Enrich Your Hiring Process with LinkedIn Data with Sapiengraph in Google Sheets!

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Enrich Your Hiring Process with LinkedIn Data

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Finding the right candidates for your job listing on LinkedIn or Indeed can be tough. Even if you get applicants, how can you tell they have the right background for the position?

Enter Sapiengraph: The Google Sheets tool that will help you enrich your candidate search with LinkedIn data about their work history, their headline, their summary, the languages they know, and much, much more.

All you need to do is provide a LinkedIn URL field and let Sapiengraph's custom formulas do all the work for you. If you're interested, sign up for a free trial right now and check it out. Or keep reading to see how it works.

How to start working with data

In order to use Sapiengraph to help with your recruiting, you'll first need to import data into Google Sheets. We'll talk about three ways to do this:

  1. Use Google Sheets as your hiring software in the first place.
  2. Copy CSVs into Google Sheets once candidates have applied.
  3. Use the Google Sheets API to import data into Google Sheets from your custom recruitment software.

Use Google Forms for hiring

This option is the most straightforward. If your hiring is Google Forms-based, then you can sync a spreadsheet to be updated automatically from your form results with a couple button presses:

Get info directly in Sheets from each response

Once you've done that, you'll get a bunch of columnar data (that is, data sorted into columns) - applicant name, the link they provided to their resume, their "about me," their LinkedIn URL - anything you asked for.

The important part is the LinkedIn URL column.

Copy a CSV

Does your candidate application process generate a CSV (comma-separated values file) with all their data at the end? Or can you export one? If so, you can import one into Google Sheets like this:

Step 1: Choose File -> Import

Import file

Step 2: Choose Upload

Upload the file

Step 3 (last step): Decide where you want your document to live

Decide where you want your document to live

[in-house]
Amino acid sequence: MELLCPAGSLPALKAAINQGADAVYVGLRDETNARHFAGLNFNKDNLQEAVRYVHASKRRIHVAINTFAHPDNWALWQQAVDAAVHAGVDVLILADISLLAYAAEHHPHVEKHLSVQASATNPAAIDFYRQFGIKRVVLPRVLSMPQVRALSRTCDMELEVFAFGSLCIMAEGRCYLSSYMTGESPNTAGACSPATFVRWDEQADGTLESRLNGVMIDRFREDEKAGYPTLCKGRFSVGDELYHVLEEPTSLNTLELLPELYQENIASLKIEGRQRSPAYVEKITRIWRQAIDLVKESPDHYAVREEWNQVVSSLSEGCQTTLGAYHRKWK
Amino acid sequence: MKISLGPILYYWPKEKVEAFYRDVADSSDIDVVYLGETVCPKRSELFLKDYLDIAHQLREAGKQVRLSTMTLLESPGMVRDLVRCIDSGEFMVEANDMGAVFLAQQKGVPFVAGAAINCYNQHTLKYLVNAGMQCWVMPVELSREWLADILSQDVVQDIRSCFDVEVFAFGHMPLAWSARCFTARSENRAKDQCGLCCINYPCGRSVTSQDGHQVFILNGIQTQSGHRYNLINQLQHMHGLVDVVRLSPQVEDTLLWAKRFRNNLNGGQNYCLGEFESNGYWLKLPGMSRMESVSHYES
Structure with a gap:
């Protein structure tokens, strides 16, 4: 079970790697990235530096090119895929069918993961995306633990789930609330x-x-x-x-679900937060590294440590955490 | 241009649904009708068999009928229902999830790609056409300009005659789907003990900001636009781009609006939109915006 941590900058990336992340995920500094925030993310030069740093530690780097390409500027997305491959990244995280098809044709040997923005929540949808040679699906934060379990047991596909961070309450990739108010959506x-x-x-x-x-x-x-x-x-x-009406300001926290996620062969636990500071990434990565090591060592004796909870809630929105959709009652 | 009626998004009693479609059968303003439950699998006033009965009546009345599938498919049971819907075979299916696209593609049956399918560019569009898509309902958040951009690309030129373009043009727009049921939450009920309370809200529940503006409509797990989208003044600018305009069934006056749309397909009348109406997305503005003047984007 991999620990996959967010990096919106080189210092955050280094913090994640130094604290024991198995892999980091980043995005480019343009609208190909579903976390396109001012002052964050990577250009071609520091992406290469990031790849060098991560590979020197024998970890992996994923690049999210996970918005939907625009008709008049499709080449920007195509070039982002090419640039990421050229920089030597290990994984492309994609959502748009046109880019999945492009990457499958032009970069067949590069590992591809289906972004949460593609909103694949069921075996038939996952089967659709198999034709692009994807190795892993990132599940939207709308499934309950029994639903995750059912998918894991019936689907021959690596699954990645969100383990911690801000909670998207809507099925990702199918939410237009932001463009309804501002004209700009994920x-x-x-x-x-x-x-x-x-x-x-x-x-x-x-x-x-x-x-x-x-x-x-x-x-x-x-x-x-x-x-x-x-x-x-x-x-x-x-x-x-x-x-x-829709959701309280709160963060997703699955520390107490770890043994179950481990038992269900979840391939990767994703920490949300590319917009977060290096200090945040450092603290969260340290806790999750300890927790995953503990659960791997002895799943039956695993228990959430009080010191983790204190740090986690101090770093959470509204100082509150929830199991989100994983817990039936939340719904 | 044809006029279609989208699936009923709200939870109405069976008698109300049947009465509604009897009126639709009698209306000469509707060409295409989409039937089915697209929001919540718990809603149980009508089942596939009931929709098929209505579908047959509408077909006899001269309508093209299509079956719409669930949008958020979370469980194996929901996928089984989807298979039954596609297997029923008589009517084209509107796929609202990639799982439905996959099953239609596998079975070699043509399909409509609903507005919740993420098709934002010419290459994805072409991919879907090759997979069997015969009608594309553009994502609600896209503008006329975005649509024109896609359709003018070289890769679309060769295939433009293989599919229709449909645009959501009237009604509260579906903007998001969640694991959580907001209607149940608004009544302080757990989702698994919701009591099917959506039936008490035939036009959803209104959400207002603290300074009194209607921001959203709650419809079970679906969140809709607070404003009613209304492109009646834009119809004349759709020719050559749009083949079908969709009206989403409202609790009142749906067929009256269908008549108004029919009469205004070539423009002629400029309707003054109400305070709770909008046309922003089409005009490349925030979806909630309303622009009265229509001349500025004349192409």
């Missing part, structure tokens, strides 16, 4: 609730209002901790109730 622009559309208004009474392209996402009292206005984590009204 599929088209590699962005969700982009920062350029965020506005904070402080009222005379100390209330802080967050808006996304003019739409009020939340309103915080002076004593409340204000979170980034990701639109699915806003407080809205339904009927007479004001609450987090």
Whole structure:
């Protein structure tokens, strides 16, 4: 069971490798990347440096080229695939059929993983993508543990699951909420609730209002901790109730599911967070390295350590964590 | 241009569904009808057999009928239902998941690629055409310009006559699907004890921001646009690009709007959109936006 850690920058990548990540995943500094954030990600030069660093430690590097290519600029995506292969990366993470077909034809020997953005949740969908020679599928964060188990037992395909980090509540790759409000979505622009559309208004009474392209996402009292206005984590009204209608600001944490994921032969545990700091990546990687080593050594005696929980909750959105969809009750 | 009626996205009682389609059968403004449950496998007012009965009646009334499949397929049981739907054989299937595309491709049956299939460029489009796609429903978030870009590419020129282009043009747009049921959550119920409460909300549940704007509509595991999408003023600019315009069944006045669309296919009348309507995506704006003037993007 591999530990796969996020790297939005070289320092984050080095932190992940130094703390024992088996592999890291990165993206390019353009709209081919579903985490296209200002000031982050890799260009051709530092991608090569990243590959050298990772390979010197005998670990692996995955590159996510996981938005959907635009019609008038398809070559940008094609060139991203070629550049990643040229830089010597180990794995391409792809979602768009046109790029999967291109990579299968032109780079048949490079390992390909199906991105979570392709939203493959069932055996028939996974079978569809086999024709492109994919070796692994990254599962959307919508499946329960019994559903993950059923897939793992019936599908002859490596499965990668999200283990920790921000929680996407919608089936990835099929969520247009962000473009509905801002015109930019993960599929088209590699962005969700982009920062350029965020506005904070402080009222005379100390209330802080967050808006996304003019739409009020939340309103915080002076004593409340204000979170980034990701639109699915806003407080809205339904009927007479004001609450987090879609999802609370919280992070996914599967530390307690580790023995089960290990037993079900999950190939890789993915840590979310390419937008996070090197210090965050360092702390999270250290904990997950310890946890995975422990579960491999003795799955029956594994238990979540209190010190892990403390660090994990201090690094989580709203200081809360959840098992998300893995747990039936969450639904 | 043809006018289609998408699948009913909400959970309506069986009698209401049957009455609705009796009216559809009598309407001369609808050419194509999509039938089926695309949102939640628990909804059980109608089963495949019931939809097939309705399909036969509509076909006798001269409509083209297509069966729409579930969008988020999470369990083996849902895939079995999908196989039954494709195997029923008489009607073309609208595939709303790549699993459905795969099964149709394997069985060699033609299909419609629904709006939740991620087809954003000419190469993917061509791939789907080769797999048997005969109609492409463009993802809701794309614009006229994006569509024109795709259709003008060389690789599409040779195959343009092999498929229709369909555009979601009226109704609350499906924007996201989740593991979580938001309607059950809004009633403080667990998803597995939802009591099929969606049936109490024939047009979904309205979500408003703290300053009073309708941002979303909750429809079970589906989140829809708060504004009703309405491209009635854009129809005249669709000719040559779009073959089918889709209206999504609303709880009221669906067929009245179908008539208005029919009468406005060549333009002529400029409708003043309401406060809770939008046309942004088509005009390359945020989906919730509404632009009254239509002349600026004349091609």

Assuming your CSV has a format you can work with, you're now good to go with Sapiengraph!

Note: It's important that you import your CSV after all responses have been collected. This method will NOT live-update.

Use the Google Sheets API

Using the Google Sheets API will require the help of a developer - but you should only need a one-time setup here. After that, you can customize the data that's automatically imported from LinkedIn and other sources as much as you want.

We won't go into a deep how-to about this now, but we'll cover that in a future blog post.

Example formulas to use in Sapiengraph

Now that the candidates' applications are stored in Google Sheets, you can fetch additional data about them using Sapiengraph. Check out our Getting Started Guide at any time if you need a hand getting set up - or go to Extensions -> Sapiengraph -> Launch Sapiengraph if you want the short version.

Work history

Let's look at the past titles of a candidate. The LinkedIn URLs of our candidates are in column C. We're going to list all their past titles in columns D through M.

Here's one of the formulas to do this, which we'll put in D2 (column labels are in row 1):


Note the use of $ in the example above. We want to lock the LinkedIn URL to be column C as we copy across columns, and the index to row 1 as we copy down rows.

Here's a screenshot. In this hypothetical example, Bill Gates has applied to one of our job listings:

Error cells here have no data

Uh-oh, that's a lot of errors! Actually, that's not a problem. That just means there's no data for those columns. So we can see that his recent titles are "Co-chair," "Founder," and "Co-founder," and there's no data older than that. If we're looking for someone to sit on a board, he sounds like a great candidate! But maybe not if we're looking to fill a software engineering internship position.

Headline, Summary, Languages

Now let's look at headline & summary. We can do these using the SG_PERSON formula. We'll use a similar formula as before:


And here's a screenshot:

Enrich headline, summary and languages and more with Sapiengraph in Google Sheets

Notice in the last column it says "No data" - that's because if you look at Bill Gates's actual profile (at least at the time of this post), he doesn't list any languages. So the key is valid, but there's no data there. For another candidate, we might get the result English,Japanese,Spanish - try out the URL https://www.linkedin.com/in/johnrmarty/ for yourself.

Other attributes

This is only scratching the surface of what we can do. We have five Person formulas you may want to use:

So check out the documentation, and sign up for a free account with 100 free trial credits to get started! If you have any questions, be sure to reach out at [email protected]!

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